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PAUL JAY, SENIOR EDITOR, TRNN: Welcome to The Real News Network. I’m Paul Jay in Baltimore.
One of the arguments in favor of austerity is that it’s supposed to reduce inflation. Cuts to public sector debt is supposed to reduce inflationary factors in the economy.
Well, our next guest says perhaps it has the exact opposite effect. She just returned from Europe, where she’s been looking at this question.
Now joining us from Vermont is Stephanie Seguino. She’s a professor of economics at the University of Vermont and a research scholar at the PERI institute at the University of Massachusetts, Amherst.
Thanks very much for joining us, Stephanie.
STEPHANIE SEGUINO, PROF. ECONOMICS, UNIV. VERMONT: My pleasure.
JAY: So let’s just get what the basic pro-austerity argument is, and then tell me what’s wrong with it.
SEGUINO: The basic pro-austerity argument is that budget deficits are inflationary, right, they are excess government spending over revenues, and that creates excess demand for goods and services that will drive up prices. And there’s also the argument, of course, that the financial sector observes these budget deficits and in anticipation of inflation raises interest rates. So all together the argument is that budget deficits drive up prices, and austerity therefore will reduce these price pressures and reduce inflation.
JAY: What’s wrong with that? That seems to be the guiding light that’s directing most economic policy and most or if not all industrialized countries.
SEGUINO: You know, I think there’s a couple of things wrong with this. One is the timing for undertaking austerity. You know, budget deficits aren’t always bad, and during periods of economic crisis what they do is they put a social safety net under families who are supporting children, which has benefits for the long run. It maintains investments in children, who are one of the most significant forms of capital that societies have. Failure to make those investments when children are young or disadvantaging their parents significantly actually has negative effects on children in utero and throughout their lifetime in terms of their cognitive ability, and thus their long-term productivity as workers. And this is leaving aside the potential costs in terms of social costs of austerity during times of very, very high unemployment.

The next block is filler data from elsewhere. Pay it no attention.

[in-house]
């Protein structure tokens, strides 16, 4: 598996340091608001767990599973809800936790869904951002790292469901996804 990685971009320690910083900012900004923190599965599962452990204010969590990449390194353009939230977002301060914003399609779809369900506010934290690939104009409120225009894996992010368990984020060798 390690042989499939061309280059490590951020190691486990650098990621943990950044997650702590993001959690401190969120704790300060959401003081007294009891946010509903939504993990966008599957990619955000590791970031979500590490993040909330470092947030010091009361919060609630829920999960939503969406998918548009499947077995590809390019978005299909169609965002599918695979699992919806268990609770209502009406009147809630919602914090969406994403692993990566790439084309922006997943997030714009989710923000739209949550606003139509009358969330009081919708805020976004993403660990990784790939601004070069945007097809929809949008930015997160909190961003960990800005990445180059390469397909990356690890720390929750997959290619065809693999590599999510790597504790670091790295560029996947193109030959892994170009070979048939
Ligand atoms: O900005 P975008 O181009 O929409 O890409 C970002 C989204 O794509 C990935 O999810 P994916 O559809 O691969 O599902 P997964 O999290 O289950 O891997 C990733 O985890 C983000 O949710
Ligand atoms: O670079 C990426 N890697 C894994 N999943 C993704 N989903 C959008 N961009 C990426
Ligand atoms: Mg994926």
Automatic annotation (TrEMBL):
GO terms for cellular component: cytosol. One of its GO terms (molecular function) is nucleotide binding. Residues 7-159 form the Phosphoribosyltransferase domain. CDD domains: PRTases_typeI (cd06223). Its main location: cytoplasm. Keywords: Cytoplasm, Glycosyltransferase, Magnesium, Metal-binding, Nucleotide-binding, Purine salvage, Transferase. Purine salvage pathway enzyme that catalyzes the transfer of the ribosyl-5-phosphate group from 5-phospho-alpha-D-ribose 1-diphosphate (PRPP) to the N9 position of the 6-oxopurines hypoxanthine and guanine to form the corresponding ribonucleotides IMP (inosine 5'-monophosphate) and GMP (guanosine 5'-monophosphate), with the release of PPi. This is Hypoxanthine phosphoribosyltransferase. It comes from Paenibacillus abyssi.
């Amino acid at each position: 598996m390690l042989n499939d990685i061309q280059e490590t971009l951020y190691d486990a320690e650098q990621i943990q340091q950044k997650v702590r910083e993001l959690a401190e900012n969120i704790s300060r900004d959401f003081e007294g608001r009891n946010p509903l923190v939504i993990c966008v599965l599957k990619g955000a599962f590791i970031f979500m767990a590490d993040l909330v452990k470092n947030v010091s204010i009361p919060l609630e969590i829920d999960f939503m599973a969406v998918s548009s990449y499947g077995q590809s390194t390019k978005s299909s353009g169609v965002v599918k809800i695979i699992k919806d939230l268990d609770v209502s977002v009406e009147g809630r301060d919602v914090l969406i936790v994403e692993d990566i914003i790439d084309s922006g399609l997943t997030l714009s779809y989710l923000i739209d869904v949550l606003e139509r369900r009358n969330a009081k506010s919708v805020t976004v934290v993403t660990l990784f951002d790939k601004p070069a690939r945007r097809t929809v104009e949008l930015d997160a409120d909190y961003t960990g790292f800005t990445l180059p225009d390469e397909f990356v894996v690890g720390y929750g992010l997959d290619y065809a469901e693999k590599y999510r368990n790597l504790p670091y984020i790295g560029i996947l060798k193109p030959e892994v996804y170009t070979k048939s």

JAY: So you’re saying that the destruction or weakening of a social safety net, which is more or less what austerity is about in most of the North American and European countries, at least, and other parts of the world, that children suffer most, childhood development suffers, schools suffer, and as a result these kids are less productive when they grow up, and that’s inflationary. So, first of all, why is that inflationary?
SEGUINO: Well, simply in terms of the cognitive development of children and their ability to–it affects high school graduation rates, for example. And a lot of research shows that it has very negative effects on lifetime earnings. And it therefore influences, for example, the degree of innovation in a society, right, in its research, its effects on research, and so on and so forth. So in the long run you have a less skilled labor force, and therefore the unit costs of producing a good rise.
And let me just give you an example of this. I spent a number of years living in Haiti, in which investments in children were very, very weak and the productivity of workers was extremely, extremely low as a result of this. So we know this. We have seen experiences of this in many countries of the world during economic hard times. The effects are very long-run. They’re very long-lasting.